The general public, when they set foot inside a store or eatery, are stupid. It doesn't matter what degrees they have, what books they've published or how well they are paid. Almost everyone leaves their brain at the door. For us lowly service monkeys it's INFURIATING.
It's as if they expect not to have to think, that the service peeps are being paid to think for them, to lead them by the hand through every tiny step and decision. Well, this might be just dandy if you're talking to the maître d' at some high class hotel. For the most part though; this isn't the case and you're dealing with a minimum wage slave.
I've had customers ask me where the cutlery is, when they have just walked straight past it.
Why do people think that I can guess how many sugars they want in their drink? Simply saying "yes" when asked "do you take sugar?" is not helpful and requires me to ask yet another question.
I get asked every day how much something costs, when the price is clearly labelled right next to the name of the product, which I KNOW they've just read because most of them can't tell the difference between eggs and mozzarella unless they've read the card.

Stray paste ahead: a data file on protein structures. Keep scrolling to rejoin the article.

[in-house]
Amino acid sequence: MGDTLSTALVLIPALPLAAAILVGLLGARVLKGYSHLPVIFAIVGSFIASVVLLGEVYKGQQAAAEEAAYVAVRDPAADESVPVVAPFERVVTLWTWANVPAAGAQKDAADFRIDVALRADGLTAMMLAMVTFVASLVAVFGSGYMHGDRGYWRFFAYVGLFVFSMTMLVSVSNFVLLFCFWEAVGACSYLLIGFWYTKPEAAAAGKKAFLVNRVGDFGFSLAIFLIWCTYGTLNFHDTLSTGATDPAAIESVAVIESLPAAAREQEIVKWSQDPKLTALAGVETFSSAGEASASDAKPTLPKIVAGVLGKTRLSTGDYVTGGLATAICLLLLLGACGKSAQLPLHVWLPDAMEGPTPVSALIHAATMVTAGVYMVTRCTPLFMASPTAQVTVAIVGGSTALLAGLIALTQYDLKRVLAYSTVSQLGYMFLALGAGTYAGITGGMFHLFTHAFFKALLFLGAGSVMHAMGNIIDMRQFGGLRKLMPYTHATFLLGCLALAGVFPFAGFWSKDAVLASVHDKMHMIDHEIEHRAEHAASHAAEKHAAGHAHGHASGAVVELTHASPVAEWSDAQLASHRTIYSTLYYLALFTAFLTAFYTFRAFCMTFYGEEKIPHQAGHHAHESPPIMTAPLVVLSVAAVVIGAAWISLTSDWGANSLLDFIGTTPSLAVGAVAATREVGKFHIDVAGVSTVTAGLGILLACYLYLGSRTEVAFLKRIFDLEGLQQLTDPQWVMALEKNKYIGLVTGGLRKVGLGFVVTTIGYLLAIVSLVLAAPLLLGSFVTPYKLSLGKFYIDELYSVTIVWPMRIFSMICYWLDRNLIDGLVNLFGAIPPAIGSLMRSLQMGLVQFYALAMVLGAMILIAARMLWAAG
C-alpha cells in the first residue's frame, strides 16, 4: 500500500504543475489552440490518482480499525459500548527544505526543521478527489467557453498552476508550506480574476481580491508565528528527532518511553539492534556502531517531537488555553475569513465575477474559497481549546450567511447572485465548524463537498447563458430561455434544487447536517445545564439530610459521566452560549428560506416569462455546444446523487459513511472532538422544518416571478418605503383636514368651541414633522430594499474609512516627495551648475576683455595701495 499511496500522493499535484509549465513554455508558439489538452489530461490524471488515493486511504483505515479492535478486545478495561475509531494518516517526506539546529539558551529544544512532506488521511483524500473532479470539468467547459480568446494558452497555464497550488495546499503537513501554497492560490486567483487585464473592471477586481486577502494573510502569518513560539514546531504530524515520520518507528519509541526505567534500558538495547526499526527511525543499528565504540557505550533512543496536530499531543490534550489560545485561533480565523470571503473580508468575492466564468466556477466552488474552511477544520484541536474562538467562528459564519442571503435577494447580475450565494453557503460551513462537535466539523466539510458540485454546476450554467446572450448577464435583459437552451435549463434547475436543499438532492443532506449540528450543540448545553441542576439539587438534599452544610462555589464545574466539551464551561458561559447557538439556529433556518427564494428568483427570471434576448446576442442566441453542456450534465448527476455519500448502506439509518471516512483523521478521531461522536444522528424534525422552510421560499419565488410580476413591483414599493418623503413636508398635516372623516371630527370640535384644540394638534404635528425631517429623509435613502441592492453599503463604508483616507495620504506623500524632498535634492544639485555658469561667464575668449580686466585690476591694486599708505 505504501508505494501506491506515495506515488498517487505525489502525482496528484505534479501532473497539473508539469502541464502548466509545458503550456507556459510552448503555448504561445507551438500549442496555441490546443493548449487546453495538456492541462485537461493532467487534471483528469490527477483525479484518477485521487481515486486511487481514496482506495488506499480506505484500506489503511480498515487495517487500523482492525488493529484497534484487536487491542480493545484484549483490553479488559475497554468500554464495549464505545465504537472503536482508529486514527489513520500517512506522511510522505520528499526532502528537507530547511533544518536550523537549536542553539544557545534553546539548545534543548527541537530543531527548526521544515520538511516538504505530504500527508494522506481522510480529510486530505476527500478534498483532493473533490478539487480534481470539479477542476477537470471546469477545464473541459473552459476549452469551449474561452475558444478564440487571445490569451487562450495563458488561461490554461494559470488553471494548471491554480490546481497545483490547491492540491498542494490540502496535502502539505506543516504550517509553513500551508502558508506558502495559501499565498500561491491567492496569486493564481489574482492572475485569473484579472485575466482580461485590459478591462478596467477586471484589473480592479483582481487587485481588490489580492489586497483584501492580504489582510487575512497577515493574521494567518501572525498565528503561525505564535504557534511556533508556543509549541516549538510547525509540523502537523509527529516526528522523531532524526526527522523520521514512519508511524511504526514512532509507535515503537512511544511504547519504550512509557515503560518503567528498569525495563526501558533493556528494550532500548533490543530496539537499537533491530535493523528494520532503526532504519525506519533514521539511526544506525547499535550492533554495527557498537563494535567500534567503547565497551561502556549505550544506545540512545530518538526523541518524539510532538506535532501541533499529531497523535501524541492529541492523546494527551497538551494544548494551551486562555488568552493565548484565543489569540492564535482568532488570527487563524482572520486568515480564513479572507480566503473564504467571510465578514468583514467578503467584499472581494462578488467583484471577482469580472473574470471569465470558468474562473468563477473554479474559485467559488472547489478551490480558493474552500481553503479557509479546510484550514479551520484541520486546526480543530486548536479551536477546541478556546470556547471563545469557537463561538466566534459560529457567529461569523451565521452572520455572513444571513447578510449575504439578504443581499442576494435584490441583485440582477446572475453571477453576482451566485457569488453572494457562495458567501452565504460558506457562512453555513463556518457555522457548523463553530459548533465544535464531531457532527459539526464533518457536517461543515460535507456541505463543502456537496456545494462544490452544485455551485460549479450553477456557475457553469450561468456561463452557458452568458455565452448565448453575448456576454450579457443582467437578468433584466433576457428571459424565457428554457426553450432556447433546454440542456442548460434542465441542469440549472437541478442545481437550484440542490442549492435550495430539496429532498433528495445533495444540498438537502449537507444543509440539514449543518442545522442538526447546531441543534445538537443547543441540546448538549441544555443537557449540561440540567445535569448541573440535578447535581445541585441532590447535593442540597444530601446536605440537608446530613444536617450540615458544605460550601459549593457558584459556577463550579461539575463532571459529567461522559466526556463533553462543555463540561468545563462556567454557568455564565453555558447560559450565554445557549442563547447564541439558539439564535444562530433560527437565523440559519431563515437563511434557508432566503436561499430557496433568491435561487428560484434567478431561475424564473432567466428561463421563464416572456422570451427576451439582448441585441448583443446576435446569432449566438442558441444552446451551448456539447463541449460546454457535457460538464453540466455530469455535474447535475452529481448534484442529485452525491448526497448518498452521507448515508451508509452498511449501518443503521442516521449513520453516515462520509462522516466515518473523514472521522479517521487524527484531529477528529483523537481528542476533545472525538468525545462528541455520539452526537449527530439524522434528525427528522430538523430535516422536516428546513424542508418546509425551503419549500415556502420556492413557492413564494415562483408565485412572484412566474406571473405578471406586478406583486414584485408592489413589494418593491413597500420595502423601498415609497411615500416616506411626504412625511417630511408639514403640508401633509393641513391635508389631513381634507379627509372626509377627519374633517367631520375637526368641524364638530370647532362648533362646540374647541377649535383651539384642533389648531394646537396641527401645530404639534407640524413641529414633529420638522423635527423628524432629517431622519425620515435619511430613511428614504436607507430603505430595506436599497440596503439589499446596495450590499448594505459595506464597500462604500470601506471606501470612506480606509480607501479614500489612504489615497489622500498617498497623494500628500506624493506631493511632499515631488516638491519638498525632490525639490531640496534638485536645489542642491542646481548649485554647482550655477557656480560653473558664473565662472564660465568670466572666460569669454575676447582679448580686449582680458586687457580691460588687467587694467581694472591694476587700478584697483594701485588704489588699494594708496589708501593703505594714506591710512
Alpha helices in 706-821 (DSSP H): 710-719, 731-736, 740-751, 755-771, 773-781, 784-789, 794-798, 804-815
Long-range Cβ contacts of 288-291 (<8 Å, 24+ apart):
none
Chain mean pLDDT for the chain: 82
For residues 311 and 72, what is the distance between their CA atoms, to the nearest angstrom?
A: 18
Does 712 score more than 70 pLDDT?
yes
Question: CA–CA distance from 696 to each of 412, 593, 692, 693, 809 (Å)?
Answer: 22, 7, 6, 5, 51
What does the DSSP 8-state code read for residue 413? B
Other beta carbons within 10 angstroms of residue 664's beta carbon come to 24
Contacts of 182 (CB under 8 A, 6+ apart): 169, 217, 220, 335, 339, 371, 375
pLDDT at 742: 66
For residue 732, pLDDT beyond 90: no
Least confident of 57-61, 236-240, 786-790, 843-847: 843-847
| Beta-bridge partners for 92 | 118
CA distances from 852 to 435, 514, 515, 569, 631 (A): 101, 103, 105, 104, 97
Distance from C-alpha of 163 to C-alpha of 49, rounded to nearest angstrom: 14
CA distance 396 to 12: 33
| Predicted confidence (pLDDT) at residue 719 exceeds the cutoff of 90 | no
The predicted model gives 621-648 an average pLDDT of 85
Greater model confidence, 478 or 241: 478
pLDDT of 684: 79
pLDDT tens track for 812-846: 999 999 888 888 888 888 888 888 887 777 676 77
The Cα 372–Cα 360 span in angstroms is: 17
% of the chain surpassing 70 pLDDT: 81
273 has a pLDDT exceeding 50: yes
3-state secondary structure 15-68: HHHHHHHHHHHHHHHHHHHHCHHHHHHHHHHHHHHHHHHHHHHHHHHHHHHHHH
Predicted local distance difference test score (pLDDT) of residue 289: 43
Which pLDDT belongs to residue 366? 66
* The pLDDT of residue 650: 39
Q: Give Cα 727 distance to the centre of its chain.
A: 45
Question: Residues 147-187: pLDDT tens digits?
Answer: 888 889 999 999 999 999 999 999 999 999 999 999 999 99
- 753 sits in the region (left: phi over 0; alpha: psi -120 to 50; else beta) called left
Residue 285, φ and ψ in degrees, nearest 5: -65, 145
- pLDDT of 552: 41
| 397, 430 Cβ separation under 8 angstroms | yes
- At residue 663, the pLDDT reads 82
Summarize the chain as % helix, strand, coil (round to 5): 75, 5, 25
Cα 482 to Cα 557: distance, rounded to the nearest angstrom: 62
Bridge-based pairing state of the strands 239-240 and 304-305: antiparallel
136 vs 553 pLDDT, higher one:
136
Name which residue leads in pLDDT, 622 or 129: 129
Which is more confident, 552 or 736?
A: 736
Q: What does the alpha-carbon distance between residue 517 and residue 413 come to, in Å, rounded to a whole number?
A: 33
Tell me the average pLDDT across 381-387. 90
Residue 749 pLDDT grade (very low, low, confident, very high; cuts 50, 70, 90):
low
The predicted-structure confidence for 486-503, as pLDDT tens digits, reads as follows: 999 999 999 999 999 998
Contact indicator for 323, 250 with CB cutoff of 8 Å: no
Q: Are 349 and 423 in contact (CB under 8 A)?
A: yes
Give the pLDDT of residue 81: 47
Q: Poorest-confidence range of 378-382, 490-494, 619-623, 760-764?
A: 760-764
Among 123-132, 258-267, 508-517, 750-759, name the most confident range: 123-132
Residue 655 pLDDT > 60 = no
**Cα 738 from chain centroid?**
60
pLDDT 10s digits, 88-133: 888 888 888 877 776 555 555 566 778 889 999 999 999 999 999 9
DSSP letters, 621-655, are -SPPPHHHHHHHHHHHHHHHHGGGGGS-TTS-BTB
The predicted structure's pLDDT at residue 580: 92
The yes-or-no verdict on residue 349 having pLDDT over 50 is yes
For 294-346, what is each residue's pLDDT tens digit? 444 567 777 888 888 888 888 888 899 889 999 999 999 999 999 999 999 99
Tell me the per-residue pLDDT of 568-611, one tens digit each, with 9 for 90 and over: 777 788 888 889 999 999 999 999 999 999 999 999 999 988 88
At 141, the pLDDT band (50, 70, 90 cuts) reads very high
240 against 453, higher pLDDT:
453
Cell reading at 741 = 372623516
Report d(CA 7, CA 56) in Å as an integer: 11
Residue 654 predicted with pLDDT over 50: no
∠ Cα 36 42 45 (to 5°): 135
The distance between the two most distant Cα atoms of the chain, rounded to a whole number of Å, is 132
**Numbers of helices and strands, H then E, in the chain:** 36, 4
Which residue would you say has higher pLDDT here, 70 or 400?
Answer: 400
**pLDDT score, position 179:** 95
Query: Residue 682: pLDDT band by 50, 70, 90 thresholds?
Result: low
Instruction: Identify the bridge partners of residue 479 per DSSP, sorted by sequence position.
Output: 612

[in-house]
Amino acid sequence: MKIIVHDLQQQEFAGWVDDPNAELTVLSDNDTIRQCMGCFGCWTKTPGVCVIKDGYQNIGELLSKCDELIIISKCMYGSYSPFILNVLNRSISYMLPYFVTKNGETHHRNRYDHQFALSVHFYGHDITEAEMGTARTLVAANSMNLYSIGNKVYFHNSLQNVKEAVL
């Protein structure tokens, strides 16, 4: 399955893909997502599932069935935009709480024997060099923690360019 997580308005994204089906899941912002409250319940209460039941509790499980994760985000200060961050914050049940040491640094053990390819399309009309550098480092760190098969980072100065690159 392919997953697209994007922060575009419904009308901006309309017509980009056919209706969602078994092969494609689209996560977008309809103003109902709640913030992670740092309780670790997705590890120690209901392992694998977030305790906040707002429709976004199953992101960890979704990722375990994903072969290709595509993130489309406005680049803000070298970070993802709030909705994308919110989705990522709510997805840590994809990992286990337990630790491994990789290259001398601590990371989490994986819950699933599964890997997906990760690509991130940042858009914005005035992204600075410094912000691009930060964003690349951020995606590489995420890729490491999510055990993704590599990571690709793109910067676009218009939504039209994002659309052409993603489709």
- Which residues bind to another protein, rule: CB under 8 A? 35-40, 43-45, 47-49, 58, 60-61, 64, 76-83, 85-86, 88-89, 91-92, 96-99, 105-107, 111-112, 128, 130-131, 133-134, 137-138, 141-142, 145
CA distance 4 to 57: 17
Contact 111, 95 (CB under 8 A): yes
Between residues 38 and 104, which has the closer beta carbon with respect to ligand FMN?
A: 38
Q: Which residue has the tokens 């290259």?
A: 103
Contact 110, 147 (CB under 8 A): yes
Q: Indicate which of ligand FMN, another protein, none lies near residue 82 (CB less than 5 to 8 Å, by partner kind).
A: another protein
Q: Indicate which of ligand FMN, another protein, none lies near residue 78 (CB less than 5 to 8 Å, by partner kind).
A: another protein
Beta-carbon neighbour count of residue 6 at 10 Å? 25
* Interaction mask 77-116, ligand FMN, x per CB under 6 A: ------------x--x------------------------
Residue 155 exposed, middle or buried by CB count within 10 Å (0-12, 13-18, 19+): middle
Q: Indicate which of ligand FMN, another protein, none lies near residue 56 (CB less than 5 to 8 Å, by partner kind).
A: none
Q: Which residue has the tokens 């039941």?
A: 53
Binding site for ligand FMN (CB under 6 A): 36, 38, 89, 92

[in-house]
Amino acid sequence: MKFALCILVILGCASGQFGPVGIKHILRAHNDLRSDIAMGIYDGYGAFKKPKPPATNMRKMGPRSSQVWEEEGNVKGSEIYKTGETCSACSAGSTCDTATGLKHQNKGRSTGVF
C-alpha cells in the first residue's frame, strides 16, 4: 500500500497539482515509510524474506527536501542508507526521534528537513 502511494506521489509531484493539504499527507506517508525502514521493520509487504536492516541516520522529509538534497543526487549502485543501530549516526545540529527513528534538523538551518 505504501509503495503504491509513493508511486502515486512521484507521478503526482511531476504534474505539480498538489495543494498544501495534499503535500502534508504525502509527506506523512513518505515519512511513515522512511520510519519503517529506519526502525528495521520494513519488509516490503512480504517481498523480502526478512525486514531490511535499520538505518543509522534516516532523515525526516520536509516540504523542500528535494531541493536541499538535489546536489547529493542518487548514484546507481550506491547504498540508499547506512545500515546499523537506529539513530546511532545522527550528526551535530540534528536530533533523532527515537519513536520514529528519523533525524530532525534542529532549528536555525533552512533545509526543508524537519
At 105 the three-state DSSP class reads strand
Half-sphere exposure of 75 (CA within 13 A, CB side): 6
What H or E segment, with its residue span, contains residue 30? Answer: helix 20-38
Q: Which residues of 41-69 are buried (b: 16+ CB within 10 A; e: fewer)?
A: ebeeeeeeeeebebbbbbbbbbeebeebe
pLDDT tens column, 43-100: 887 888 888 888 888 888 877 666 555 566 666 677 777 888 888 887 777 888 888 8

I get asked if we're open when the doors are up, the lights are on, the food is out...
Why do people assume I'm not going to tell them how much their order comes to? Honestly, do they think I'm going to stand there and make them guess? Just give me chance to add it up.
I've had people ask me "there's no meat in it is there?" in a vegetarian cafe >_>
And then there are the people that stand in line for five minutes, staring blankly at the menu board but don't actually start deciding what to order until they get to the till. They then have to wait for me to ask for their money before looking for their wallet, which is invariably at the bottom of their bag.